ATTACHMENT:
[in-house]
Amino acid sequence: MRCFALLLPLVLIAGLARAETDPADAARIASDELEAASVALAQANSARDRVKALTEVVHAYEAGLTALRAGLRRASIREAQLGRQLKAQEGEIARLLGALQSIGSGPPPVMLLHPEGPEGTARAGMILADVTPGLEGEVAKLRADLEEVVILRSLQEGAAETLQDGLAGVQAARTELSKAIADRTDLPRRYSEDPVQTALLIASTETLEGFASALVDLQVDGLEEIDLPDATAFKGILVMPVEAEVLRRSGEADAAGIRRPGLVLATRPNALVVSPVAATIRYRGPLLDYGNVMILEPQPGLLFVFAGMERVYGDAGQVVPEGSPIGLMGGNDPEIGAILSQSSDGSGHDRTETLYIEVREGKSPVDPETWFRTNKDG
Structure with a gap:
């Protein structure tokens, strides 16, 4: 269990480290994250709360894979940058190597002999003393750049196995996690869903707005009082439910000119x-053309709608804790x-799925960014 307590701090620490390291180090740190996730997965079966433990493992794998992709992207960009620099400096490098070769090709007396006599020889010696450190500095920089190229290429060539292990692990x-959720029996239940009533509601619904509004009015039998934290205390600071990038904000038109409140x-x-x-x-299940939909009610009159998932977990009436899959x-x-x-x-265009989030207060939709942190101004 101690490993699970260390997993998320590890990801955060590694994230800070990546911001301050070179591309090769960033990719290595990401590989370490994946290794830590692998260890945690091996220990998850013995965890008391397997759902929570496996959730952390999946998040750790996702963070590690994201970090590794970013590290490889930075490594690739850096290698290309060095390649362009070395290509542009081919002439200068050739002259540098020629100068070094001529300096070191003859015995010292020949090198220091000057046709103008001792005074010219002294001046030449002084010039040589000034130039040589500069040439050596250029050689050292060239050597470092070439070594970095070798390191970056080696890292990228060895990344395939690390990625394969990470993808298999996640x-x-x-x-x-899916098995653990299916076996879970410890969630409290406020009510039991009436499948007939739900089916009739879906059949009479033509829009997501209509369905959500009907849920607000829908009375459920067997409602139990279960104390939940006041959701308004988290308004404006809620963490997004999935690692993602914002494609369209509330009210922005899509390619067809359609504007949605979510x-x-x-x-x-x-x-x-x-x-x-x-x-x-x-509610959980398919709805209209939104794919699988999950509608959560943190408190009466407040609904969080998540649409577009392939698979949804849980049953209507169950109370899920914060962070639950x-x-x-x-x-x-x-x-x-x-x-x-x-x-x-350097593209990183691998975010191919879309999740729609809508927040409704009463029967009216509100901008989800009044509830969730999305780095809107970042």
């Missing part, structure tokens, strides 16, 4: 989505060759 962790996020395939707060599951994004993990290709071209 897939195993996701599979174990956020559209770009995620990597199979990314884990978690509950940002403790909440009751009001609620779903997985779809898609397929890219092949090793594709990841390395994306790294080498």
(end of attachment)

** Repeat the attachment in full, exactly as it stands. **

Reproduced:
[in-house]
Amino acid sequence: MRCFALLLPLVLIAGLARAETDPADAARIASDELEAASVALAQANSARDRVKALTEVVHAYEAGLTALRAGLRRASIREAQLGRQLKAQEGEIARLLGALQSIGSGPPPVMLLHPEGPEGTARAGMILADVTPGLEGEVAKLRADLEEVVILRSLQEGAAETLQDGLAGVQAARTELSKAIADRTDLPRRYSEDPVQTALLIASTETLEGFASALVDLQVDGLEEIDLPDATAFKGILVMPVEAEVLRRSGEADAAGIRRPGLVLATRPNALVVSPVAATIRYRGPLLDYGNVMILEPQPGLLFVFAGMERVYGDAGQVVPEGSPIGLMGGNDPEIGAILSQSSDGSGHDRTETLYIEVREGKSPVDPETWFRTNKDG
Structure with a gap:
């Protein structure tokens, strides 16, 4: 269990480290994250709360894979940058190597002999003393750049196995996690869903707005009082439910000119x-053309709608804790x-799925960014 307590701090620490390291180090740190996730997965079966433990493992794998992709992207960009620099400096490098070769090709007396006599020889010696450190500095920089190229290429060539292990692990x-959720029996239940009533509601619904509004009015039998934290205390600071990038904000038109409140x-x-x-x-299940939909009610009159998932977990009436899959x-x-x-x-265009989030207060939709942190101004 101690490993699970260390997993998320590890990801955060590694994230800070990546911001301050070179591309090769960033990719290595990401590989370490994946290794830590692998260890945690091996220990998850013995965890008391397997759902929570496996959730952390999946998040750790996702963070590690994201970090590794970013590290490889930075490594690739850096290698290309060095390649362009070395290509542009081919002439200068050739002259540098020629100068070094001529300096070191003859015995010292020949090198220091000057046709103008001792005074010219002294001046030449002084010039040589000034130039040589500069040439050596250029050689050292060239050597470092070439070594970095070798390191970056080696890292990228060895990344395939690390990625394969990470993808298999996640x-x-x-x-x-899916098995653990299916076996879970410890969630409290406020009510039991009436499948007939739900089916009739879906059949009479033509829009997501209509369905959500009907849920607000829908009375459920067997409602139990279960104390939940006041959701308004988290308004404006809620963490997004999935690692993602914002494609369209509330009210922005899509390619067809359609504007949605979510x-x-x-x-x-x-x-x-x-x-x-x-x-x-x-509610959980398919709805209209939104794919699988999950509608959560943190408190009466407040609904969080998540649409577009392939698979949804849980049953209507169950109370899920914060962070639950x-x-x-x-x-x-x-x-x-x-x-x-x-x-x-350097593209990183691998975010191919879309999740729609809508927040409704009463029967009216509100901008989800009044509830969730999305780095809107970042």
């Missing part, structure tokens, strides 16, 4: 989505060759 962790996020395939707060599951994004993990290709071209 897939195993996701599979174990956020559209770009995620990597199979990314884990978690509950940002403790909440009751009001609620779903997985779809898609397929890219092949090793594709990841390395994306790294080498």